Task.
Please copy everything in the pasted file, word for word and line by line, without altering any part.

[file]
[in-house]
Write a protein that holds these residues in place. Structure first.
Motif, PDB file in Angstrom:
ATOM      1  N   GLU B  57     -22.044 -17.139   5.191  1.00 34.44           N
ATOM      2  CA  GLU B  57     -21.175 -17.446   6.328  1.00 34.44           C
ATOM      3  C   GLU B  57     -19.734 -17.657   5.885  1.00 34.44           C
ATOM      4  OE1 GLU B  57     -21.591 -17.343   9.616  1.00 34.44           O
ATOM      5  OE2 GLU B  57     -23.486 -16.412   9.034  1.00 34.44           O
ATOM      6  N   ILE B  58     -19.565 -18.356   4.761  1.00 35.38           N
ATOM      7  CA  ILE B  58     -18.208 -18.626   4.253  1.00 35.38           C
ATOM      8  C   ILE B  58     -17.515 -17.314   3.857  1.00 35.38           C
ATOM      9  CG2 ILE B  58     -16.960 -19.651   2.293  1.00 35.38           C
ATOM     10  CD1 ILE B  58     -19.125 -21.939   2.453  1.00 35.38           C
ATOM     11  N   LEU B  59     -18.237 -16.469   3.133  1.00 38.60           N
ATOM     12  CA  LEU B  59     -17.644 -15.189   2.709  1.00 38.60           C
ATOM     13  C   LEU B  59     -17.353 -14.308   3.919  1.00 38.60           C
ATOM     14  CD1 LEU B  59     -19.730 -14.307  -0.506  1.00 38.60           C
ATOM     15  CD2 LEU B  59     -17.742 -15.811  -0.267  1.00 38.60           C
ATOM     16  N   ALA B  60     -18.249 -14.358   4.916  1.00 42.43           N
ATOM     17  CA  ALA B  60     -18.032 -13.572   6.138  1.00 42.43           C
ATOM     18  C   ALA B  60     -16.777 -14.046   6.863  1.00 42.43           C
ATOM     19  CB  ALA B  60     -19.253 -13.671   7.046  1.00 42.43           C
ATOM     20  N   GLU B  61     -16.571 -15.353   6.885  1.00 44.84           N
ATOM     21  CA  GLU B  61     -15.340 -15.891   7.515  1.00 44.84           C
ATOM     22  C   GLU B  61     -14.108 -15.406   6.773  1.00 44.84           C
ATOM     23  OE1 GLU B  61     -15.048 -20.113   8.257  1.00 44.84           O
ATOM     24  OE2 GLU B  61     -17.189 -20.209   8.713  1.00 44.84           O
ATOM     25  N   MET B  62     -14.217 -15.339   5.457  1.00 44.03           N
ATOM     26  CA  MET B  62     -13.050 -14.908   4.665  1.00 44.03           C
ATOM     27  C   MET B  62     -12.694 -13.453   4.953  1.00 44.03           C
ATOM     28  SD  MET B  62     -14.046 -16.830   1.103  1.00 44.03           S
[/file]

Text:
[in-house]
Write a protein that holds these residues in place. Structure first.
Motif, PDB file in Angstrom:
ATOM      1  N   GLU B  57     -22.044 -17.139   5.191  1.00 34.44           N
ATOM      2  CA  GLU B  57     -21.175 -17.446   6.328  1.00 34.44           C
ATOM      3  C   GLU B  57     -19.734 -17.657   5.885  1.00 34.44           C
ATOM      4  OE1 GLU B  57     -21.591 -17.343   9.616  1.00 34.44           O
ATOM      5  OE2 GLU B  57     -23.486 -16.412   9.034  1.00 34.44           O
ATOM      6  N   ILE B  58     -19.565 -18.356   4.761  1.00 35.38           N
ATOM      7  CA  ILE B  58     -18.208 -18.626   4.253  1.00 35.38           C
ATOM      8  C   ILE B  58     -17.515 -17.314   3.857  1.00 35.38           C
ATOM      9  CG2 ILE B  58     -16.960 -19.651   2.293  1.00 35.38           C
ATOM     10  CD1 ILE B  58     -19.125 -21.939   2.453  1.00 35.38           C
ATOM     11  N   LEU B  59     -18.237 -16.469   3.133  1.00 38.60           N
ATOM     12  CA  LEU B  59     -17.644 -15.189   2.709  1.00 38.60           C
ATOM     13  C   LEU B  59     -17.353 -14.308   3.919  1.00 38.60           C
ATOM     14  CD1 LEU B  59     -19.730 -14.307  -0.506  1.00 38.60           C
ATOM     15  CD2 LEU B  59     -17.742 -15.811  -0.267  1.00 38.60           C
ATOM     16  N   ALA B  60     -18.249 -14.358   4.916  1.00 42.43           N
ATOM     17  CA  ALA B  60     -18.032 -13.572   6.138  1.00 42.43           C
ATOM     18  C   ALA B  60     -16.777 -14.046   6.863  1.00 42.43           C
ATOM     19  CB  ALA B  60     -19.253 -13.671   7.046  1.00 42.43           C
ATOM     20  N   GLU B  61     -16.571 -15.353   6.885  1.00 44.84           N
ATOM     21  CA  GLU B  61     -15.340 -15.891   7.515  1.00 44.84           C
ATOM     22  C   GLU B  61     -14.108 -15.406   6.773  1.00 44.84           C
ATOM     23  OE1 GLU B  61     -15.048 -20.113   8.257  1.00 44.84           O
ATOM     24  OE2 GLU B  61     -17.189 -20.209   8.713  1.00 44.84           O
ATOM     25  N   MET B  62     -14.217 -15.339   5.457  1.00 44.03           N
ATOM     26  CA  MET B  62     -13.050 -14.908   4.665  1.00 44.03           C
ATOM     27  C   MET B  62     -12.694 -13.453   4.953  1.00 44.03           C
ATOM     28  SD  MET B  62     -14.046 -16.830   1.103  1.00 44.03           S